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Re: [tor-talk] Mail service requires "java script enabled"

How do I enable javascipt while using Tor BB?

Is it an addon?


On Tue, Jan 15, 2013, at 10:37 PM, Micah Lee wrote:
> On 01/15/2013 12:14 AM, Joe Btfsplk wrote:
> > Never say never - but I don't know that the real risk of js is leaking
> > identity so much as someone running malicious code on sites you don't
> > know or shouldn't trust.
> There isn't much risk of identity leaking by enabling javascript in your
> browser. The most javascript should be able to do is fingerprint your
> browser profile to detect plugins, fonts, etc. By using the Tor Browser
> Bundle rather than just a normal web browser proxied through Tor, most
> (with the goal of all) of these fingerprinting attempts are mitigated.
> So I think it's perfectly fine to enable javascript for Yahoo mail. If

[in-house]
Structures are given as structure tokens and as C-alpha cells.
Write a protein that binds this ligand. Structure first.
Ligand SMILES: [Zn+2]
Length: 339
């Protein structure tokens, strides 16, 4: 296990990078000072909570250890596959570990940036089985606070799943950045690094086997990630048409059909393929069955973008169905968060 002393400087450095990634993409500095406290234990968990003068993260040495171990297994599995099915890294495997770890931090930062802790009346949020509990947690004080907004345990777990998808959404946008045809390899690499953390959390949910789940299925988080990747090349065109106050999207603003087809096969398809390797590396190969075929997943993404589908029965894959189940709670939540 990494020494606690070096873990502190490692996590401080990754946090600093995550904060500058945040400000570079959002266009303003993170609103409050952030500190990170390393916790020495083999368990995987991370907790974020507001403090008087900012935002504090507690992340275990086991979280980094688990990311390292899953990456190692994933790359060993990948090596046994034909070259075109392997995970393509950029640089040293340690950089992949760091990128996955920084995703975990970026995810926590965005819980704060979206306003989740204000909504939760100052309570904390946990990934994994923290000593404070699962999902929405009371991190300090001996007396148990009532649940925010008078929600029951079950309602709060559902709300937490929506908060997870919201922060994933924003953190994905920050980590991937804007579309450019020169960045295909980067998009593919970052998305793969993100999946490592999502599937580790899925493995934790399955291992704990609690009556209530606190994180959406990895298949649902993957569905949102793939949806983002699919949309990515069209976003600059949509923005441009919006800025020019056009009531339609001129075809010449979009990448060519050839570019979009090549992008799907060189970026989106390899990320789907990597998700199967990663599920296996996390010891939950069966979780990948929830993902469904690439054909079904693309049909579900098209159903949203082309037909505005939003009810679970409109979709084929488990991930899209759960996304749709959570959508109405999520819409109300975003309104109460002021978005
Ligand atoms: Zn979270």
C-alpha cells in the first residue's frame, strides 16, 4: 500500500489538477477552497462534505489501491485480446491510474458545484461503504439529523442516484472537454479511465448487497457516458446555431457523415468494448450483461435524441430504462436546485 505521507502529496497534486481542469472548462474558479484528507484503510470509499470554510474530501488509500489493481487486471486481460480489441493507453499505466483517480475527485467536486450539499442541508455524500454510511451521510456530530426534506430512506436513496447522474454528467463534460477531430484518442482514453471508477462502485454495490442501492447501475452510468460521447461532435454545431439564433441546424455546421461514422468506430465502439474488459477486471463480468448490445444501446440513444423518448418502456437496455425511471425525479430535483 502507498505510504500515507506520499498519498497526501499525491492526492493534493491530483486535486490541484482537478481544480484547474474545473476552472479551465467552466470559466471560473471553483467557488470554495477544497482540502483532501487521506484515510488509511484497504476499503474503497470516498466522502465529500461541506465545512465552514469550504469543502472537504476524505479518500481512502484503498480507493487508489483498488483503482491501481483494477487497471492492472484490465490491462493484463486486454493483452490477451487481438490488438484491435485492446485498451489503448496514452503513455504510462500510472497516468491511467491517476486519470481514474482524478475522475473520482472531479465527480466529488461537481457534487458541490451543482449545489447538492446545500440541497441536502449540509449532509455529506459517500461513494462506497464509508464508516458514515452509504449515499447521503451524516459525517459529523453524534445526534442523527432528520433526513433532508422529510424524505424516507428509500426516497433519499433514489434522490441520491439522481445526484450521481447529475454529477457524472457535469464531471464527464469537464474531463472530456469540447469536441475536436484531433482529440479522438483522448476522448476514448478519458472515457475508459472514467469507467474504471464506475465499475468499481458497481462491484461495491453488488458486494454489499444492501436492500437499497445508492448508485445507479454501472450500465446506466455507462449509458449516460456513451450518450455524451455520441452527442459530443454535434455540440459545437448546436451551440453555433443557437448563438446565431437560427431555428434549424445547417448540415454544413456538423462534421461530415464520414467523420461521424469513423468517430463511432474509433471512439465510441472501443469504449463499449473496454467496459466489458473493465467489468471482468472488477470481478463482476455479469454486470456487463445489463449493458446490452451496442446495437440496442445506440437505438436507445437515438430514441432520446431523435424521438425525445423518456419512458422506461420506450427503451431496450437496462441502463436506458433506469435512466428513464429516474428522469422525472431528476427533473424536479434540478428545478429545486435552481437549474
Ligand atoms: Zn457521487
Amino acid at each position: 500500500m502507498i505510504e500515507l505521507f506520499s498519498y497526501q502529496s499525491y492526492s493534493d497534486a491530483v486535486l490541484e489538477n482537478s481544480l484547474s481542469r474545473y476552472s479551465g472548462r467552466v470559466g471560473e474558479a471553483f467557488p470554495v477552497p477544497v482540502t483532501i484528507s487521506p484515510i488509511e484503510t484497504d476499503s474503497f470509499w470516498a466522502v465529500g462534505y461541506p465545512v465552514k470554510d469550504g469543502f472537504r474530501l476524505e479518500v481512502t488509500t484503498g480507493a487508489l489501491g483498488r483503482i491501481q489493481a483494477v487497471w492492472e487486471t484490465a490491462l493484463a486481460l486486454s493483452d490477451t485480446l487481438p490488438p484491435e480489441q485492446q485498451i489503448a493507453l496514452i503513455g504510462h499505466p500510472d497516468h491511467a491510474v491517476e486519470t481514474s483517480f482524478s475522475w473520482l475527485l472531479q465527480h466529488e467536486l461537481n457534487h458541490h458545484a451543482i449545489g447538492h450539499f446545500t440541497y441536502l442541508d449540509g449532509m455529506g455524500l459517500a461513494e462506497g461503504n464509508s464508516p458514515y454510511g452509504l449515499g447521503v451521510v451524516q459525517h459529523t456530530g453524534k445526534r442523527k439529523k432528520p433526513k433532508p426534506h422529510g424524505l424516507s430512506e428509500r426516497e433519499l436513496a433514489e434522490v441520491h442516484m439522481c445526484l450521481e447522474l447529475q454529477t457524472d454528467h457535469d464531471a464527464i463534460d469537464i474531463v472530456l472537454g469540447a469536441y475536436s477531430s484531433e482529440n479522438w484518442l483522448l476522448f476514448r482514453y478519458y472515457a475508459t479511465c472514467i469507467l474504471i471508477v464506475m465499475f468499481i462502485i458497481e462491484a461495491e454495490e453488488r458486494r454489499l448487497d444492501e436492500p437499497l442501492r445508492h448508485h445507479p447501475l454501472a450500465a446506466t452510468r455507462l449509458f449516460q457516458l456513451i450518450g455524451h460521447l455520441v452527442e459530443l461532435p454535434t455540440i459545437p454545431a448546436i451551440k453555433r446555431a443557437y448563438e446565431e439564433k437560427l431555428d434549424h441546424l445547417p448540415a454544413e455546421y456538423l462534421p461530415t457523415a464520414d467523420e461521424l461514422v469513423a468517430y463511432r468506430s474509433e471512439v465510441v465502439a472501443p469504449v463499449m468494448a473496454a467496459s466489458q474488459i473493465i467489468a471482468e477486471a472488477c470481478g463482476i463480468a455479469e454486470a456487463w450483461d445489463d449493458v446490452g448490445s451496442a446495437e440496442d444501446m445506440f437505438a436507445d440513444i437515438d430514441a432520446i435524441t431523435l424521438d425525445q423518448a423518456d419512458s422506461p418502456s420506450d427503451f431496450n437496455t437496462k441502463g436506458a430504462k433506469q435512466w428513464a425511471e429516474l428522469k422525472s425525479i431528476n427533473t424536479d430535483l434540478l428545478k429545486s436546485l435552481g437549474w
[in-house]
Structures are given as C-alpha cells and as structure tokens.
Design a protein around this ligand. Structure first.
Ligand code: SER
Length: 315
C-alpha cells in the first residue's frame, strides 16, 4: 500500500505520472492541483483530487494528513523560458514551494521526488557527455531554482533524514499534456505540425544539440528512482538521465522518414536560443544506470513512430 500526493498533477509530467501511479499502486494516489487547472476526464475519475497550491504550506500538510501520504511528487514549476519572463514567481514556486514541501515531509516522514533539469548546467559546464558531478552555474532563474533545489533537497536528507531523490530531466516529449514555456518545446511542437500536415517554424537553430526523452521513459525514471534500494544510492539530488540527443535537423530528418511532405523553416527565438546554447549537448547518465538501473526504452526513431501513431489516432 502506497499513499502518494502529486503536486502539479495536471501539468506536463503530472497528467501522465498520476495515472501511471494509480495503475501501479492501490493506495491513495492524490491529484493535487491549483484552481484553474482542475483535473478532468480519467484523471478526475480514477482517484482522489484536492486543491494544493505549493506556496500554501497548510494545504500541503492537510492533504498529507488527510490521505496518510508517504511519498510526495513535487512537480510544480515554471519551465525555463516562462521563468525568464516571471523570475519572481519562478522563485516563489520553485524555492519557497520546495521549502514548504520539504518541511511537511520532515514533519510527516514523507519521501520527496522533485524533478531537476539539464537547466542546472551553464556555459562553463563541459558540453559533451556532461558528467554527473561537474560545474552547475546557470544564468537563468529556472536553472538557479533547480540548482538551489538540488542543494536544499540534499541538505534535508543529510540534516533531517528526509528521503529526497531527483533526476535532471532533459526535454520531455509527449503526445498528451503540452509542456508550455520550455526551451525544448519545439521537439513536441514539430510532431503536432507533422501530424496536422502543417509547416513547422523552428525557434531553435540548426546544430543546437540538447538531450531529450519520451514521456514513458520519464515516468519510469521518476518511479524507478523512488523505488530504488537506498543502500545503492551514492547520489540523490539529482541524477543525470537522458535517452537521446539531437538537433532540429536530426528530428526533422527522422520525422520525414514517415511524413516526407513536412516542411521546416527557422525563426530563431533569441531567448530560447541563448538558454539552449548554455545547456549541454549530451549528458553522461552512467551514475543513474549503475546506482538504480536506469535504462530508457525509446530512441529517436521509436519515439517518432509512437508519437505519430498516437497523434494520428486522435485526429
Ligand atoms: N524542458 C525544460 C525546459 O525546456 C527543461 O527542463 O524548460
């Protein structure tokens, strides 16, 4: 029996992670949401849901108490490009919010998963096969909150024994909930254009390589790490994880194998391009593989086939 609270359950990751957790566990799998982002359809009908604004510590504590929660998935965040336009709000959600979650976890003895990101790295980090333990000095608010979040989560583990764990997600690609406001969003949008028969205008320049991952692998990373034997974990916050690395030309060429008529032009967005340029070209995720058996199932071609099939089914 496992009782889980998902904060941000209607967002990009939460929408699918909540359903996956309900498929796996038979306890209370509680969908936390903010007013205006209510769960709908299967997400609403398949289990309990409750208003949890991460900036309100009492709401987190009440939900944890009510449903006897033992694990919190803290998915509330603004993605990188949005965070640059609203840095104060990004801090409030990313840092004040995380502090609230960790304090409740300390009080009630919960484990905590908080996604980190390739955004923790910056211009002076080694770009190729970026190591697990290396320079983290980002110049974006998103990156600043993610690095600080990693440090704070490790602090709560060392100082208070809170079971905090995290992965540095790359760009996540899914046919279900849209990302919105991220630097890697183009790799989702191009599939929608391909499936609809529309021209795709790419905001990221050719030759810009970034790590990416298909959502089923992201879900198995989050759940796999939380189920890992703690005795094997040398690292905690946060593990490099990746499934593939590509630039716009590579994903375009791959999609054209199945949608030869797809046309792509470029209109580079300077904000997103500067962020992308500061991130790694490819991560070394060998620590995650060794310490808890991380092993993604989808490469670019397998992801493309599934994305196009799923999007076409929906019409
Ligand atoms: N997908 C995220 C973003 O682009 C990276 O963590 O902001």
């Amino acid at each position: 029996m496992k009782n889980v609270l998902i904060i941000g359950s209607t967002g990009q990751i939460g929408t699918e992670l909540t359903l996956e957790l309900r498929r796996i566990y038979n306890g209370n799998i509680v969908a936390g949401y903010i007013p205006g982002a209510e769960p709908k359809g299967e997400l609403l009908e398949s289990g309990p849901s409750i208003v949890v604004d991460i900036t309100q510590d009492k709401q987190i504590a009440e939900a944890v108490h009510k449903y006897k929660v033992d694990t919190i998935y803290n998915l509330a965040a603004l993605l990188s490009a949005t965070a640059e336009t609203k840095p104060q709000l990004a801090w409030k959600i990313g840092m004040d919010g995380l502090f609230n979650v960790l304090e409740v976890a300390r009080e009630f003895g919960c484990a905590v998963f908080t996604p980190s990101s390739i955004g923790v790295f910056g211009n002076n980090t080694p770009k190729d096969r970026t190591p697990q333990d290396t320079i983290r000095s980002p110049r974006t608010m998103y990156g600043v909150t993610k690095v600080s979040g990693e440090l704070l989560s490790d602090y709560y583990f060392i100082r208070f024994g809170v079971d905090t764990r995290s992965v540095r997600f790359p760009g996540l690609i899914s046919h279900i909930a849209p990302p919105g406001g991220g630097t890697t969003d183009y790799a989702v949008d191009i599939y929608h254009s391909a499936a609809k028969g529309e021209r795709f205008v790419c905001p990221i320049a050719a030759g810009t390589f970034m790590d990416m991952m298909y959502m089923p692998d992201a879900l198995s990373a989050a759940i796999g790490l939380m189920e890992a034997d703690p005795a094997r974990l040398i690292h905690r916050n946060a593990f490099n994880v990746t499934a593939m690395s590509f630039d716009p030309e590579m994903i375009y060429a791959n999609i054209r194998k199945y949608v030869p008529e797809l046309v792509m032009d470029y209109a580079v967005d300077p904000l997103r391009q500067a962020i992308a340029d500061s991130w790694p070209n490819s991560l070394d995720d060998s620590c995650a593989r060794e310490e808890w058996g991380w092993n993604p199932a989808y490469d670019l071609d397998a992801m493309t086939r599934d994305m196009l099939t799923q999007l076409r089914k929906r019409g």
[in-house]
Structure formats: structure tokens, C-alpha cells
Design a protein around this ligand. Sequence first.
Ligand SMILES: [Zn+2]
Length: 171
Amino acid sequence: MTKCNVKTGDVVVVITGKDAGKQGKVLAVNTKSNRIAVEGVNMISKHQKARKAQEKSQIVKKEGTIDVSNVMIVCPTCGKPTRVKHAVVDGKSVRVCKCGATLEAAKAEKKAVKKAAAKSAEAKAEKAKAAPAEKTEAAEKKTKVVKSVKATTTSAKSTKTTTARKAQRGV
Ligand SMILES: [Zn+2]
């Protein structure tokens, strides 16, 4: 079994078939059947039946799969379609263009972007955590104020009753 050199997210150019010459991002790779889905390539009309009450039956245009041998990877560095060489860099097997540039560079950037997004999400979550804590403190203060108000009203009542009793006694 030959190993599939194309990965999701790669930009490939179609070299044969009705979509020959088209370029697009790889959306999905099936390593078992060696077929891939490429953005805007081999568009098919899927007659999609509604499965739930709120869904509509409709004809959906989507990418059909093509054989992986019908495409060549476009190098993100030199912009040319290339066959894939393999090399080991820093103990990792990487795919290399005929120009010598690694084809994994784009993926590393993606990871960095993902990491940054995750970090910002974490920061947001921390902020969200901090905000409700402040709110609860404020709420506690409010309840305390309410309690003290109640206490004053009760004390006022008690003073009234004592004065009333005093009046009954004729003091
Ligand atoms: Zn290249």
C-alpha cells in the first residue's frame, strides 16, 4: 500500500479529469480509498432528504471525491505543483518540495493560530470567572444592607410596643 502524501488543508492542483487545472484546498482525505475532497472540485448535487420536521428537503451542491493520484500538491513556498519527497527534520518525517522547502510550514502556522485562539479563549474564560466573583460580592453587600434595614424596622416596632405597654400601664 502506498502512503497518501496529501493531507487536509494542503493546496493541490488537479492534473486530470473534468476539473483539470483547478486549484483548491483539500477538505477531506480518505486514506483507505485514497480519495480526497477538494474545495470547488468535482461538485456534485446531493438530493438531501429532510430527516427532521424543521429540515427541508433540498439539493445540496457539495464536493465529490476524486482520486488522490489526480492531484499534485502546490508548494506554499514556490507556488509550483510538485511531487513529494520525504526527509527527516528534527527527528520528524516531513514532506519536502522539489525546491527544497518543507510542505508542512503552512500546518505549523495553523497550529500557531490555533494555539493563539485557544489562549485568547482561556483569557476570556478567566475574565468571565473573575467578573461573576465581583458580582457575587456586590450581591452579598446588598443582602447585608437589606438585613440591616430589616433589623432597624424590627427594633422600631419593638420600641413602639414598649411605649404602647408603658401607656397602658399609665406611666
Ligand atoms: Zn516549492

> you're going to be using Yahoo mail, make sure you turn on SSL:
> https://www.eff.org/deeplinks/2013/01/yahoo-mail-makes-https-available
> There are definitely security concerns though, the biggest being using
> javascript on a website that someone else has discovered an XSS bug on.
> And browser zero days are much more likely to be exploited through the
> use of javascript, etc.
> That said, these days there are serious usability advantages that
> javascript provides, especially for sites like Google Maps. If done
> correctly, it can be used to *increase* security in some cases (such as
> the payment processor Stripe's use of ajax), and it can be used to make
> content load faster and use less bandwidth, such as Twitter letting you
> load only recent tweets without refreshing the entire page. And many web
> developers build javascript functionality and don't bother to make it
> work for NosScripters, which is annoying, but sometimes the
> functionality they're going for is impossible without javascript.
> Javascript is kind of the future of the web, and it's only going to be
> more prevalent as time goes on. And unlike in the 90s, it's genuinely
> useful now, not just for adding bling to your site. Rather than be down
> on javascript, I think it's more production to figure out ways to make
> javascript more secure, like:
> https://developer.mozilla.org/en-US/docs/Security/CSP/Introducing_Content_Security_Policy
> -- 
> Micah Lee
> https://twitter.com/micahflee
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